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Halifax marks the 98th anniversary of the Halifax Explosion

98 years ago, two ships collided in the narrows of the Halifax harbour, leaving part of Nova Scotia’s capital in ruins


 
Ken Hynes, curator of the Army Museum at Citadel Hill, looks at a photo of his grandfather, Fletcher Manchester Bartlett, who was working at Citadel Hill at the time of the Halifax Explosion on Dec. 6, 1917. Sunday marked the 98th anniversary of the disaster, which left roughly 25,000 people dead, injured or homeless. (Aly Thomson/CP)

Ken Hynes, curator of the Army Museum at Citadel Hill, looks at a photo of his grandfather, Fletcher Manchester Bartlett, who was working at Citadel Hill at the time of the Halifax Explosion on Dec. 6, 1917. Sunday marked the 98th anniversary of the disaster, which left roughly 25,000 people dead, injured or homeless. (Aly Thomson/CP)

HALIFAX – Ken Hynes walked through the courtyard of Halifax’s Citadel Hill on Sunday towards the exact spot his grandfather stood 98 years ago the moment two ships collided in the narrows of the Halifax harbour, causing a massive explosion that left part of the Nova Scotia capital in ruins.

Under partly cloudy skies, Hynes remarked that the weather was similar on Dec. 6, 1917, when the French cargo ship SS Mont-Blanc, loaded with explosives, collided with the Norwegian vessel SS Imo, creating the largest man-made explosion prior to the development of nuclear weapons.

Hynes, a retired army major and curator of the Army Museum at Citadel Hill, imagined his 18-year-old grandfather Fletcher Manchester Bartlett watching as a blast wave swept over the fortress near the harbour in the city’s downtown, wondering if the Germans had attacked.

“I feel very close to him,” said Hynes as a brisk wind swirled throughout the pebbled courtyard. “It’s an eerie thing. If you just think about all those people and what was happening to their lives, it makes you feel lucky to be here on this peaceful, beautiful day.”

Sunday was the 98th anniversary of the Halifax Explosion, which left roughly half the city’s population — 25,000 people — dead, injured or homeless. A canon blast from Citadel Hill marked the exact time of the explosion at 9:04 a.m.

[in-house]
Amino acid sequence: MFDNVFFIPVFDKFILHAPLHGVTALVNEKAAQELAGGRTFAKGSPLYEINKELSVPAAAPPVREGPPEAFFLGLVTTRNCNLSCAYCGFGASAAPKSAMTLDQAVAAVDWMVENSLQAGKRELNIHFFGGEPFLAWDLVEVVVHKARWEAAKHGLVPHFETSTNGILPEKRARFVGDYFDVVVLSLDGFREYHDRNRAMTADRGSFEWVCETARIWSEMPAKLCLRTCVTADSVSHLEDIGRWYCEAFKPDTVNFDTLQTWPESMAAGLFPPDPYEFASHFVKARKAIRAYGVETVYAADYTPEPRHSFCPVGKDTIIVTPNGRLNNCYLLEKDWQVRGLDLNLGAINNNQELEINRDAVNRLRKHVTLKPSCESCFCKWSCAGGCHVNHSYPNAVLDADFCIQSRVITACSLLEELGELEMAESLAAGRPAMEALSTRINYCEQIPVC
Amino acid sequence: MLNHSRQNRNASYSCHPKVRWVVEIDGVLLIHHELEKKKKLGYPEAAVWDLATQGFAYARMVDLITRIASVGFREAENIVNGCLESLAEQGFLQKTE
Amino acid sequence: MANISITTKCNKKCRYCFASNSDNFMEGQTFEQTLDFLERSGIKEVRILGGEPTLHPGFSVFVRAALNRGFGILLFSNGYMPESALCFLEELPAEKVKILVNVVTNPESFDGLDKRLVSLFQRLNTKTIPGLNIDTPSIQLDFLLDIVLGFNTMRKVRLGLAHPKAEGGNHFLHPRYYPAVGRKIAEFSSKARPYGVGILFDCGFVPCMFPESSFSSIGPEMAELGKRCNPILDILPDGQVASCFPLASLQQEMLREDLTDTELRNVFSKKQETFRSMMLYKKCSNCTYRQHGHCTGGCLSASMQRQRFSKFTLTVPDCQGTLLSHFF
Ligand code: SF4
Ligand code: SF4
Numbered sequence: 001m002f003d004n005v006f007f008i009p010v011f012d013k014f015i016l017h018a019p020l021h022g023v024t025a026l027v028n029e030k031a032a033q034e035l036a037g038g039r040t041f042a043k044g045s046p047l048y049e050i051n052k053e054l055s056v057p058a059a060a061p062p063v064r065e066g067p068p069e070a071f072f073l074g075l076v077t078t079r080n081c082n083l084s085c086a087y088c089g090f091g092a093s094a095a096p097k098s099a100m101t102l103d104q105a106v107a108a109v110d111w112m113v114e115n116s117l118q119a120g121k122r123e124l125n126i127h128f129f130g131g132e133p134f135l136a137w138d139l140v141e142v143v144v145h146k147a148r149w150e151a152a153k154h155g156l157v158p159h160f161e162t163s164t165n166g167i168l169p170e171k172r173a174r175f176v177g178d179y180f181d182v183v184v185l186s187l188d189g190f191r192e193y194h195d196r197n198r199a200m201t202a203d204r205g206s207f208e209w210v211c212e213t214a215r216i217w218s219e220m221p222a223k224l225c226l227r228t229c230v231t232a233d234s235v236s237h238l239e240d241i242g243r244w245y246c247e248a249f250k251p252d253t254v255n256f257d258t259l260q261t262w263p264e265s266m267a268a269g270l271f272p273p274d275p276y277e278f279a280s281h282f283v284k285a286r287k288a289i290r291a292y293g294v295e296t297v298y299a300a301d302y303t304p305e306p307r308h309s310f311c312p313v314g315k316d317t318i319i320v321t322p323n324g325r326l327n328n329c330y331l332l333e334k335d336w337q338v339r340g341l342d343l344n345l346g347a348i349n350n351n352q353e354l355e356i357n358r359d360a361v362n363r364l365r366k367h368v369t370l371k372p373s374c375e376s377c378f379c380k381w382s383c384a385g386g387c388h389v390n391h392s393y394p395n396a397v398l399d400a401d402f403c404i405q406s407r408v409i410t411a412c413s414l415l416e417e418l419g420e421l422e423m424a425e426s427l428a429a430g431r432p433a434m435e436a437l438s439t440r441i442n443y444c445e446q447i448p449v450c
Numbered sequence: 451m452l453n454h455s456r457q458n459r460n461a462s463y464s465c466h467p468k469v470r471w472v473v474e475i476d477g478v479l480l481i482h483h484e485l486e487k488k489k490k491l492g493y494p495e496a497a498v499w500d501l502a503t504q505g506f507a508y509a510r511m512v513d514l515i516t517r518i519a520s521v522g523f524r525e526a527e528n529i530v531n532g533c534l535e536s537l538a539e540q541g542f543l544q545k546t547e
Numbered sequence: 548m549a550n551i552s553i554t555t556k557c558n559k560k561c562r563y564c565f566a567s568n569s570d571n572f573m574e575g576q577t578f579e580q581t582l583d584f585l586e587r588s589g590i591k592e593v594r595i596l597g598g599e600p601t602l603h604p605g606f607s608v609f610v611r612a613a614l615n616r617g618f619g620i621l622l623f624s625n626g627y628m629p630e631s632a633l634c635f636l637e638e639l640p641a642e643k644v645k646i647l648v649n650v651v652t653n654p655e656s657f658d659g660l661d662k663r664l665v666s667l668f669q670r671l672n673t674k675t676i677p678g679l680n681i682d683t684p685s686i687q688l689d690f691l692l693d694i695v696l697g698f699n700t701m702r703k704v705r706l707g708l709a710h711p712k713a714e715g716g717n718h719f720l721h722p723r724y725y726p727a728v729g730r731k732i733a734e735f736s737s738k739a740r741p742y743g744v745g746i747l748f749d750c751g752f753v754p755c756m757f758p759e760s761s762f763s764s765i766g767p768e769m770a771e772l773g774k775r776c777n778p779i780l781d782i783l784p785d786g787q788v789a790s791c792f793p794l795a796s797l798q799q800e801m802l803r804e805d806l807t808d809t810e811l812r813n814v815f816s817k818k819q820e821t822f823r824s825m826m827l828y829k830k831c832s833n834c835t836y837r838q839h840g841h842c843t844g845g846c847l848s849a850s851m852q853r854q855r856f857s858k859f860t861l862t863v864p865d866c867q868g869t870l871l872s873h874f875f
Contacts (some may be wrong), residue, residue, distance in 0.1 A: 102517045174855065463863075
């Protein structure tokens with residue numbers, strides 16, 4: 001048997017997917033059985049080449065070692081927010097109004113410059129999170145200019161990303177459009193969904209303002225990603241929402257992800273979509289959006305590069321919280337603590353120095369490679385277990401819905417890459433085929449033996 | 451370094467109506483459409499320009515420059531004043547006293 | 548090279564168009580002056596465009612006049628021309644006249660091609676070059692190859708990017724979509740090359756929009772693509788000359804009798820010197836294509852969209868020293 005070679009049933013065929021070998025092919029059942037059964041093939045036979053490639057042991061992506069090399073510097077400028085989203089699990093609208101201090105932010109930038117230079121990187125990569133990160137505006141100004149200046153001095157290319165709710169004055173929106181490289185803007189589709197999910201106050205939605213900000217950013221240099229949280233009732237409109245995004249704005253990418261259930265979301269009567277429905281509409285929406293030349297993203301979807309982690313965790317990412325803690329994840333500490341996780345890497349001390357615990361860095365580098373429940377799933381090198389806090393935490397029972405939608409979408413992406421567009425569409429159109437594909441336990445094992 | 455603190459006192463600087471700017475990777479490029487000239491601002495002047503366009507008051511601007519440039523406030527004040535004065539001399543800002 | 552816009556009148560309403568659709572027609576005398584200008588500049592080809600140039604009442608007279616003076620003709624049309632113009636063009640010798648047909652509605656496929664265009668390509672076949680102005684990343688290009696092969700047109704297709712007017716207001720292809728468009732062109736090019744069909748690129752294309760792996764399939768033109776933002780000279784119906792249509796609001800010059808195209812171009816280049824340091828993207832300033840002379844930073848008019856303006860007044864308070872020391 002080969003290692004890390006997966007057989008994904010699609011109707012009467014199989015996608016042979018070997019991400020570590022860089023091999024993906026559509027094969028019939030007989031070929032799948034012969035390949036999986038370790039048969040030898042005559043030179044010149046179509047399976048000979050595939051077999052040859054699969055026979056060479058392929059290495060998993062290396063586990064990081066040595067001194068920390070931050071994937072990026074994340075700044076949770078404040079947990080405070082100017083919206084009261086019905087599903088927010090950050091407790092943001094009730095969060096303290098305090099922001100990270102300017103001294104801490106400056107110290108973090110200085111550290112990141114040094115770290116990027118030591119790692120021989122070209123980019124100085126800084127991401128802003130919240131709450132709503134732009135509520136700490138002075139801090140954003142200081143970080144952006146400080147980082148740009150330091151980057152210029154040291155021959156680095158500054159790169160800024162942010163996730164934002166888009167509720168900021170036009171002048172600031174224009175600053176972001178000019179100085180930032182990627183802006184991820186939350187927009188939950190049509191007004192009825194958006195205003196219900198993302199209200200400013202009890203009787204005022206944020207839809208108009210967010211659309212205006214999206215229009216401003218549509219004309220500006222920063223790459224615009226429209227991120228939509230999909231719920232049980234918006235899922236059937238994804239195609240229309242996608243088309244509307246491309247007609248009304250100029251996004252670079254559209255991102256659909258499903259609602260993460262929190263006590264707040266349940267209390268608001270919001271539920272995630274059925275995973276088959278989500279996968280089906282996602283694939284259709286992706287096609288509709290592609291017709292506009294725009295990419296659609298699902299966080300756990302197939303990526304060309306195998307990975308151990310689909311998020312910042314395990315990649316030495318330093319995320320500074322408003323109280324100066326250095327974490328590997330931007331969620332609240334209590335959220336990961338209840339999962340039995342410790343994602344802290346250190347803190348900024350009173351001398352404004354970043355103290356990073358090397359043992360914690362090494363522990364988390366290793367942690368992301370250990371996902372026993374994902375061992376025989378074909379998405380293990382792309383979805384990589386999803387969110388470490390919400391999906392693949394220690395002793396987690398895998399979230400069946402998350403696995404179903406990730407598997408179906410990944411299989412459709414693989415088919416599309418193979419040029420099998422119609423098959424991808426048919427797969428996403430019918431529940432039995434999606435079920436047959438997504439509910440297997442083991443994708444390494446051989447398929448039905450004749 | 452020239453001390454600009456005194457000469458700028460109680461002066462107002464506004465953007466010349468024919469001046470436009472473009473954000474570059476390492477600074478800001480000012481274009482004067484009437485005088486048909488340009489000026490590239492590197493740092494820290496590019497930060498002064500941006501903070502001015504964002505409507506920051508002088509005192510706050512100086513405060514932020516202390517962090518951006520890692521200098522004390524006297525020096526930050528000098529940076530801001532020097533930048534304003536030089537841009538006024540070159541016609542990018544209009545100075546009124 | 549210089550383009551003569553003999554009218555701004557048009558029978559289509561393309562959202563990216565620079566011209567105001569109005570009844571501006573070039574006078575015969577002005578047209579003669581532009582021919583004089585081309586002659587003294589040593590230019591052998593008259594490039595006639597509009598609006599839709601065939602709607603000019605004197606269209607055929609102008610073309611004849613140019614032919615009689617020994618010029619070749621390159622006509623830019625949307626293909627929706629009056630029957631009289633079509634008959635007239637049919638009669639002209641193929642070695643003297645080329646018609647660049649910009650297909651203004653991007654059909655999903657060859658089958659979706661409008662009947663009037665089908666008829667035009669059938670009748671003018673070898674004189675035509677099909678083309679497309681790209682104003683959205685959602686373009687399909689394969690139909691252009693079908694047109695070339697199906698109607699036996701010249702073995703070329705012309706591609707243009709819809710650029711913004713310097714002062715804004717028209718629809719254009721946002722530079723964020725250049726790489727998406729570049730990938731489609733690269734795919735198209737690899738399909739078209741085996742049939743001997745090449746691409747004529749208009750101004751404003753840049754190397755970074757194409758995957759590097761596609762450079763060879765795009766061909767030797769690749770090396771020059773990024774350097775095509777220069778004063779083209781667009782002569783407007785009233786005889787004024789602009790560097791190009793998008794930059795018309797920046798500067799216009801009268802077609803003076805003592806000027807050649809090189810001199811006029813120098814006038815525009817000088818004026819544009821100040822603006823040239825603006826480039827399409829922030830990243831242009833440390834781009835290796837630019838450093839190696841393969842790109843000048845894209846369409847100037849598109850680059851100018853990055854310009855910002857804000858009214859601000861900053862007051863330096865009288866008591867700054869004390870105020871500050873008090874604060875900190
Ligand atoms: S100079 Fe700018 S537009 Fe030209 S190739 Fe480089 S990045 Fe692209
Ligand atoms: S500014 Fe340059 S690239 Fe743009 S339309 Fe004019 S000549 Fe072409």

Hynes said it’s important to commemorate the disaster, which killed 2,000 people and injured 9,000 others, so that it doesn’t become lost in time.

“If we don’t remember, the people will have died for nothing,” said Hynes next to an exhibition at the museum detailing the disaster.

“It was really the only time the First World War came to the shores of North America. Halifax shared some of the fate of cities like Ypres and Flanders… whose cities were destroyed by the First World War.”

Hynes said the bow of the Imo stuck the Mont Blanc and ignited a fire onboard the ship, which was carrying barrels of benzol, TNT, picric acid and guncotton. The centre of the resulting explosion reached 5,000 C and the blast wave created a three-metre tsunami that further damaged Halifax’s shoreline.

A fragment of the hull of the Mont Blanc is on display at the museum, as well as a rifle that was found by a citizen in the debris after the explosion.

Hynes said pieces of the French ship were discovered nearly five kilometres from the site of the explosion. The Imo surprisingly was not destroyed, but was blown across the harbour and was later refloated and sailed for years after the First World War, said Hynes.

Halifax’s north end was reduced to rubble and windowpanes were blown out across the city, he said. It was more than two months before some people could return to their homes, and many people did not have homes to return to, said Hynes.

“It’s a big story in our city’s history, and sometimes people don’t understand or realize how devastating it was to this whole municipality,” said Hynes.


 

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